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2 May

Should I lock in, or stay variable?

Mortgage Interest Rates

Posted by: John Panagakos

You’re in a variable rate and asking yourself should I lock in or stay variable?

If you follow the news closely, there would appear to be a lot of turmoil and uncertainty around interest rates. This past April, the Bank of Canada held the overnight rate at 1.25 per cent.  Suggesting the bank was closely watching both inflation and wage growth.

“The Bank will also continue to monitor the economy’s sensitivity to interest rate movements and the evolution of economic capacity. In this context, Governing Council will remain cautious with respect to future policy adjustments, guided by incoming data,” the BOC said at the time.

The Bank of Canada raised the rates a quarter point twice last year.  Many economists are betting the bank will raise rates before the end of this year.

If you’re a conservative homeowner and have locked into a fixed rate, the speculation of an increase isn’t likely keeping you up at night. You can rest easy for the next few years.  However, if you’re like many Canadians who chose to go variable, this is probably getting you a little nervous. While mortgage brokers don’t have a crystal ball to tell you where rates are going, you can probably assume they are going to increase maybe 50 basis points. There’s all kinds of tea leaves economists trying to read and get a handle on where the rates will go. While that’s what they get paid to do, increases have real world consequences on your bottom line.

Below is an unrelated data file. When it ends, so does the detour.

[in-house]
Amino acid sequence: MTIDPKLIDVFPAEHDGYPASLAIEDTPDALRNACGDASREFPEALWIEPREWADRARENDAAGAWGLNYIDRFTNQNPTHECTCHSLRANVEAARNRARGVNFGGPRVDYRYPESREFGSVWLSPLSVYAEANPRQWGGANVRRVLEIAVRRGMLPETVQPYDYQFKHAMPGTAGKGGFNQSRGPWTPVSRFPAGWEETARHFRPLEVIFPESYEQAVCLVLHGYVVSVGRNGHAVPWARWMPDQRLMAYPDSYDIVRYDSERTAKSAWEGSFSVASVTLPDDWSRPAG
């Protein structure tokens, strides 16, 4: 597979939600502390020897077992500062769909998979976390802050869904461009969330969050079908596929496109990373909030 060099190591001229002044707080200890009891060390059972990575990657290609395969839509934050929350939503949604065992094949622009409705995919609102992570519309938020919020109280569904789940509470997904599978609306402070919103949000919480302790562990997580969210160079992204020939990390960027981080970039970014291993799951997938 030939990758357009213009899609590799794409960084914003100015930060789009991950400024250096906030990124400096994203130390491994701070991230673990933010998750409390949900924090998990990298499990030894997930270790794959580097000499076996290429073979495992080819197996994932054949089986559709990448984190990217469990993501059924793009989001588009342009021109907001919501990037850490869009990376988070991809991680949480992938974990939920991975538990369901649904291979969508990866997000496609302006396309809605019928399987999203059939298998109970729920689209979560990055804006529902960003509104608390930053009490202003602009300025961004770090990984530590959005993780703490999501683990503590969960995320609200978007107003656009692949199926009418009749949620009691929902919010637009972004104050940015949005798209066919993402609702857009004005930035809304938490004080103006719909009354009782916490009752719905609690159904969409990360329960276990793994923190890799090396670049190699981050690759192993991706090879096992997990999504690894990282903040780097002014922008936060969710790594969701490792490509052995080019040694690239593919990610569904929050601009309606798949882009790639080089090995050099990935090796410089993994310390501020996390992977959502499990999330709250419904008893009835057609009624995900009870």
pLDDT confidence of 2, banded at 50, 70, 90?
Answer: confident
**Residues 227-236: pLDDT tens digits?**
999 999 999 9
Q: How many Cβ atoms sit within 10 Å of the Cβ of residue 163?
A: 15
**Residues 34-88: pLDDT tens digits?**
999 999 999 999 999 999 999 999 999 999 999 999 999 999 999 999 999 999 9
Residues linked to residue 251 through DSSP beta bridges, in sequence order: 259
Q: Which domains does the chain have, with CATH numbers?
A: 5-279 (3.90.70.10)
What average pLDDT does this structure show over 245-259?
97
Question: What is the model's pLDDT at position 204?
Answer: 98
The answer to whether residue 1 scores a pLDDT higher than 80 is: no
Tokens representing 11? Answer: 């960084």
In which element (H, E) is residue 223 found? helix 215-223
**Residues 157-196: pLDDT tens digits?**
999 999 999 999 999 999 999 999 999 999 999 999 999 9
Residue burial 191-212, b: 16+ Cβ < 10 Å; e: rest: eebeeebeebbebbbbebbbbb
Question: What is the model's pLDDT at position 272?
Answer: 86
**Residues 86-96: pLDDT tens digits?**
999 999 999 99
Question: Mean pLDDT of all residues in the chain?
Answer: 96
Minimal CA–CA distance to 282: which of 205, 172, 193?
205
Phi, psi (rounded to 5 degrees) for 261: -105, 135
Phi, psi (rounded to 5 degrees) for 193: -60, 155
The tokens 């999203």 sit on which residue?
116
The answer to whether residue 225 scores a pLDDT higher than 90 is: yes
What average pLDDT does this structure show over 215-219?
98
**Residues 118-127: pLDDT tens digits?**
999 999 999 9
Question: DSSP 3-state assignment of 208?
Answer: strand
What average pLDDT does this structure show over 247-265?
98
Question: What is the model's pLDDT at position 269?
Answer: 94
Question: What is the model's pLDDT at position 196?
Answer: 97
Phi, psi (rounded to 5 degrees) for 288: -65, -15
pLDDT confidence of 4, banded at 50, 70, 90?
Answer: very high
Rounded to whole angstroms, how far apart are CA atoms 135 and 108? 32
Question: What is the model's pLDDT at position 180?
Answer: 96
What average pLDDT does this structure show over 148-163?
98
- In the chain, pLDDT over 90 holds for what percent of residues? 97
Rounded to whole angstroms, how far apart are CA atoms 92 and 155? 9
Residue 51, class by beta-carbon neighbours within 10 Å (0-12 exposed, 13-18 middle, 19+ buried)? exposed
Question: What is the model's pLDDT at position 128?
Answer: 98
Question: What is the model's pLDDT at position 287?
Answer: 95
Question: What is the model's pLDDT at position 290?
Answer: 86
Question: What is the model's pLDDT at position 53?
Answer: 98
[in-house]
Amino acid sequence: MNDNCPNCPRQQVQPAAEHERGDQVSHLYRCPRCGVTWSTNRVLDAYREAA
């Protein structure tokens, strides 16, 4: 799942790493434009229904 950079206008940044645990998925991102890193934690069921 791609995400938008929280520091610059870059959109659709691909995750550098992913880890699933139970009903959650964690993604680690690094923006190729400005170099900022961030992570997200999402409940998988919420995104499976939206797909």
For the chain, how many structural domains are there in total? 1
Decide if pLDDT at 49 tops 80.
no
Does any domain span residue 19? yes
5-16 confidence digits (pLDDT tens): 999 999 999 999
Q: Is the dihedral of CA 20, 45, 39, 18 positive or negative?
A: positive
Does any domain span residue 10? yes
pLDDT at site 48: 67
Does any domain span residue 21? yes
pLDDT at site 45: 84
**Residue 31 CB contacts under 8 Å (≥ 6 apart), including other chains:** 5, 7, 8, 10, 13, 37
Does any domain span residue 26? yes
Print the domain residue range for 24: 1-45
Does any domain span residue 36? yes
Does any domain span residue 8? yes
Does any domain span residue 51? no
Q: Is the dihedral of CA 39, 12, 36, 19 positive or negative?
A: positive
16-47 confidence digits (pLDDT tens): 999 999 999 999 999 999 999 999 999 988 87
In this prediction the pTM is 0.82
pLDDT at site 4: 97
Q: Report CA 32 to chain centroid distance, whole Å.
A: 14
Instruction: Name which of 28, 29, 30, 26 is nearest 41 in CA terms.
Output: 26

So again the question is, should I lock in or stay variable?

And like many financial questions, there’s no easy answer. First, you’ll tend to find first time homebuyers are sceptical with variable anyway.  Someone in their second or third mortgage may have an appetite for a little more risk.

If you’re kept  awake at night in fear of a rate increase, you may want to lock in.  Locking in your rate can give you peace of mind. But it’s also important to look at the big picture. If the rate increases a couple more quarter points, you still need to look at what that variable rate saved you over the term. The rates have been historically so low, there’s a pretty good chance if you’ve been in a variable for a few years, the math will prove you still saved money over the five years, even with an increase.

Depending on your risk appetite and your financial situation, staying in the variable could still payoff in the long run even with a few more increases. Don’t make these decisions alone, come speak to me and I will answer any questions about locking in or not.